We think Gardner must push himself closer to the center in the lead-up to 2020 if he wants a shot at winning. As Mike Coffman’s defeat in the 6th Congressional District in the fall showed, however, even a more moderate Republican in an increasingly blue-leaning state in the age of Trump will face significant challenges — though two years is an eternity in modern politics, and Gardner has the charm and political know-how that Walker Stapleton lacked as the Republican standard-bearer in the midterms.
He's probably an underdog heading into his 2020 re-election fight, but if anyone has the charisma to flip the script, it's Gardner. He's got 23 months to smile his way through handshake lines, and he is undoubtedly a skilled and gifted politician whom state Republicans are probably happy to have as the face of the party.
But Gardner has been a little chummy with the Trump administration for moderate voters' taste — something that Democrats will pummel him on in the lead-up to 2020.
Will he or won’t he? Look, it’s no coincidence that the soon-to-be former governor is randomly popping up in Iowa and New Hampshire (though they say there’s nothing quite like Des Moines in December). He’s hinted at his presidential run in conversations with the press and has formed an exploratory committee. Barring something unexpected, we think he’ll throw his hat in the ring (though his early numbers aren’t looking too hot).
By this time next year, we’ll be on the eve of the Iowa caucuses and New Hampshire primaries, and we’ll probably have a decent idea of whether or not Hick's moderate and relatively popular eight years as Colorado's governor will garner traction in what’s expected to be a crowded field of national Democrats.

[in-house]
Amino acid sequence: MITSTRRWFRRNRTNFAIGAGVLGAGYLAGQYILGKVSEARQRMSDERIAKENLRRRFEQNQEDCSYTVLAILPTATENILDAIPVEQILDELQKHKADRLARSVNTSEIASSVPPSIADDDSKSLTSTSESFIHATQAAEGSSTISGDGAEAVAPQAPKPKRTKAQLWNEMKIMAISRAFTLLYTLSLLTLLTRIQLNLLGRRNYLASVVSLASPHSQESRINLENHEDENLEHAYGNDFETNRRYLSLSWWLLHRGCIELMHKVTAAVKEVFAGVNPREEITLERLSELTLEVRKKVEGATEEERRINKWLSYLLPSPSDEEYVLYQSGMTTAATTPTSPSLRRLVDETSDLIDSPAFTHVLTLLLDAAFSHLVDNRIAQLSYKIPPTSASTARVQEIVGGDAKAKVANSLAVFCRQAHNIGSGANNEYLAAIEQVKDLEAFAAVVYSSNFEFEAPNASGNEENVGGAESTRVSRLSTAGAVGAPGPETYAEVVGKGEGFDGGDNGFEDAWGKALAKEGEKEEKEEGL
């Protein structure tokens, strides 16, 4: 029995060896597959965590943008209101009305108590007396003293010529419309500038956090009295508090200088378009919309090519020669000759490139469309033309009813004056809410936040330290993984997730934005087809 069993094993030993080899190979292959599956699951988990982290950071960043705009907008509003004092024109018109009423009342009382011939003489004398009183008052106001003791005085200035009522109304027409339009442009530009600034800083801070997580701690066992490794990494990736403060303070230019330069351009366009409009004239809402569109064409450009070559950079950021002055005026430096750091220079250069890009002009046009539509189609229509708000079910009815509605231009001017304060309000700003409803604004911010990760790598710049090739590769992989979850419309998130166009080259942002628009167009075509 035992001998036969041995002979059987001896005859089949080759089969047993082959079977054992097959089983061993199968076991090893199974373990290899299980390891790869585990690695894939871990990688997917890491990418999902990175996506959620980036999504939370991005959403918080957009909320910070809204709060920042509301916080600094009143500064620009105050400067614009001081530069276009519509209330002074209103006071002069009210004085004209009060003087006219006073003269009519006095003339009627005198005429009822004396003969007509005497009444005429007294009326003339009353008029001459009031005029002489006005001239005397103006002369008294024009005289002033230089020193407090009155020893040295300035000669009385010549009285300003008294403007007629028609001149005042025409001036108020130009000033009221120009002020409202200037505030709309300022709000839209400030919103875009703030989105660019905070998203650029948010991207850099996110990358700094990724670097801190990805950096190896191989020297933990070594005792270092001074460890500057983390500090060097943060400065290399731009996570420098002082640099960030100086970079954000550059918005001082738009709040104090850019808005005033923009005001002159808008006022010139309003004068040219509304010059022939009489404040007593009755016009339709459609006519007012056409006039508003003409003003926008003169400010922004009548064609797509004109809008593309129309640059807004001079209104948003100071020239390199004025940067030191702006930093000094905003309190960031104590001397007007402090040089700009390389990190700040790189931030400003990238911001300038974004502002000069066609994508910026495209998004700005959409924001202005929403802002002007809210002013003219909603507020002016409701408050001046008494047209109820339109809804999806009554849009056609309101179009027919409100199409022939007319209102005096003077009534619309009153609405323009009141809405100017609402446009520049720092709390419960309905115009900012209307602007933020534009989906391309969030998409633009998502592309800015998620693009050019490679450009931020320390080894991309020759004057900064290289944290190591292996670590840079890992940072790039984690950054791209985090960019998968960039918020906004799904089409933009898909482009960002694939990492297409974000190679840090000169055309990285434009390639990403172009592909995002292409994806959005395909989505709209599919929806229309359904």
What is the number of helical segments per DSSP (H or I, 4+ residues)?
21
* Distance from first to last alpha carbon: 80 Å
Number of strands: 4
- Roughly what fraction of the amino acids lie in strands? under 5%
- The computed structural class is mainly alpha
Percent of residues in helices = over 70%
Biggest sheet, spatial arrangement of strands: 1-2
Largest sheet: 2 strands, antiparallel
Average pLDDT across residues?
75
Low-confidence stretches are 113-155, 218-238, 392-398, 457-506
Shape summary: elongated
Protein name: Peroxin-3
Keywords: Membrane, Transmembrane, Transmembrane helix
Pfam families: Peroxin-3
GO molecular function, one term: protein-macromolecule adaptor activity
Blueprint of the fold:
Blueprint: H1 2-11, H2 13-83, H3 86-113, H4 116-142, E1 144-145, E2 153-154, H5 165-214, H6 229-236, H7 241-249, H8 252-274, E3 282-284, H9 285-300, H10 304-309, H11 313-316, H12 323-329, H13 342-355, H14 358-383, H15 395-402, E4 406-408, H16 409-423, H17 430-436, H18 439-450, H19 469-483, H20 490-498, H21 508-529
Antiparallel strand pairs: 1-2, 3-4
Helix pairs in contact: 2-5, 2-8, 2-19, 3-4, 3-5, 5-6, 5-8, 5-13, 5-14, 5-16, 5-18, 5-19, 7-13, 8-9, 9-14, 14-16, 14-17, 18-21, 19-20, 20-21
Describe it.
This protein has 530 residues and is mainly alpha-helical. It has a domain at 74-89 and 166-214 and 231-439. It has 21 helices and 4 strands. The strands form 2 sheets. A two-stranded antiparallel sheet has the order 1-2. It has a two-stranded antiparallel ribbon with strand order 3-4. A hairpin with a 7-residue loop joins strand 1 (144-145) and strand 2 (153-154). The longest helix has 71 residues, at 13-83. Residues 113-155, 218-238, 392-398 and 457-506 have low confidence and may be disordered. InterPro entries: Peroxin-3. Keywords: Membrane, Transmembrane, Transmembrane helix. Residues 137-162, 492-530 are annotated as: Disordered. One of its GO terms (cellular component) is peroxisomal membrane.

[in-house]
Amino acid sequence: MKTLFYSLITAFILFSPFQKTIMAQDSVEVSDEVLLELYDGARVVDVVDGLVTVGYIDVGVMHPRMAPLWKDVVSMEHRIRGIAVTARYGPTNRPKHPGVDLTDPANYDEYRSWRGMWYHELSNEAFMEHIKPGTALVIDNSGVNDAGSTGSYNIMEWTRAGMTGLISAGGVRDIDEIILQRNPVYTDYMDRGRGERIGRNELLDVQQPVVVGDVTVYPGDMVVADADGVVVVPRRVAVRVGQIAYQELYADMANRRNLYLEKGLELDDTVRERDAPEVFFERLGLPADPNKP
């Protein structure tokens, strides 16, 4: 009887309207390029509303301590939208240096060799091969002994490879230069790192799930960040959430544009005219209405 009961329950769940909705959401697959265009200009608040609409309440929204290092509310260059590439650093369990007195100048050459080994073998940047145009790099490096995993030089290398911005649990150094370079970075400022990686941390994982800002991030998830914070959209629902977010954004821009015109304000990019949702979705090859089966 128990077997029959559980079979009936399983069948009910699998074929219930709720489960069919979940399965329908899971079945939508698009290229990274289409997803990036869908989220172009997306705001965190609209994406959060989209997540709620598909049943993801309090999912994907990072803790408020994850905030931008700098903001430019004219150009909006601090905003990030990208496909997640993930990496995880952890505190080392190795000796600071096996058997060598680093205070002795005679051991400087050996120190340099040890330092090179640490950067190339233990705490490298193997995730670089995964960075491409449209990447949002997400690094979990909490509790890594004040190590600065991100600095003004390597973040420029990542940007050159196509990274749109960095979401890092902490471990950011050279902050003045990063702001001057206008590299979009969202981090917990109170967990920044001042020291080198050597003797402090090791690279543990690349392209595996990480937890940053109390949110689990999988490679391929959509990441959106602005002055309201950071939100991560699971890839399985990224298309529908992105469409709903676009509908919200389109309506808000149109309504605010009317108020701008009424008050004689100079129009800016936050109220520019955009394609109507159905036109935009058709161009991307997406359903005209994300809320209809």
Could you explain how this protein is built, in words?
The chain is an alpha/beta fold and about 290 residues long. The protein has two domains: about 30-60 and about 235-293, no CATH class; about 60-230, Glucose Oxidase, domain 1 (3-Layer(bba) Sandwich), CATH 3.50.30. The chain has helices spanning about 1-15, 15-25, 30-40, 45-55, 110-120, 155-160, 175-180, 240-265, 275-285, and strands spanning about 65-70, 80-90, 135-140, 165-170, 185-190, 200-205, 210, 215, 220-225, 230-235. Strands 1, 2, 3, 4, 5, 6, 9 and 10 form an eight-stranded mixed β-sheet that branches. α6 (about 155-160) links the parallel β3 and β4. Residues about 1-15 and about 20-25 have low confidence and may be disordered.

There’s a chance that the commander-in-chief won’t even set foot in the Centennial State in 2019, but make no mistake about it: Trump will be the biggest influence on Colorado’s politics in 2019 and beyond.
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Colorado’s midterms were a giant middle finger pointed in Trump’s direction. Conservative-leaning ideologies were supported in ballot measure votes, but Democrats swept every statewide office and won virtually every competitive congressional and state House and Senate seat. In an increasingly diverse and well-educated state like Colorado, Trump’s combative method of running the White House appeared to be toxic to down-ballot Colorado Republican candidates in 2018, and it probably won't help the GOP in the lead-up to 2020's key senatorial and presidential elections here.
One of the big things to watch will be whether Colorado is even considered competitive enough to warrant big national attention in 2020. After the midterm results in November, it’s safe to say that Colorado is a long shot — at best — for Trump and the GOP in 2020.
Like Hick, this is another will-she-or-won't-she. The 38-year-old outgoing Democratic speaker of the house is considered one of the rising stars of the Democratic Party, and with Gardner looking vulnerable in 2020, could Duran become Colorado's first female senator? We'll probably find out this year if she's running, and we'll also probably get a solid idea about her chances and the primary field she'll be up against for the Dem nomination.
Duran's name has regularly been floated as a potential prime candidate for the Democratic nomination, and despite being on the younger side, she's spent nearly a decade in the state legislature, forming deep ties with labor unions and becoming the first Latina Speaker of the House. She certainly has the credentials to give Gardner a run for his money.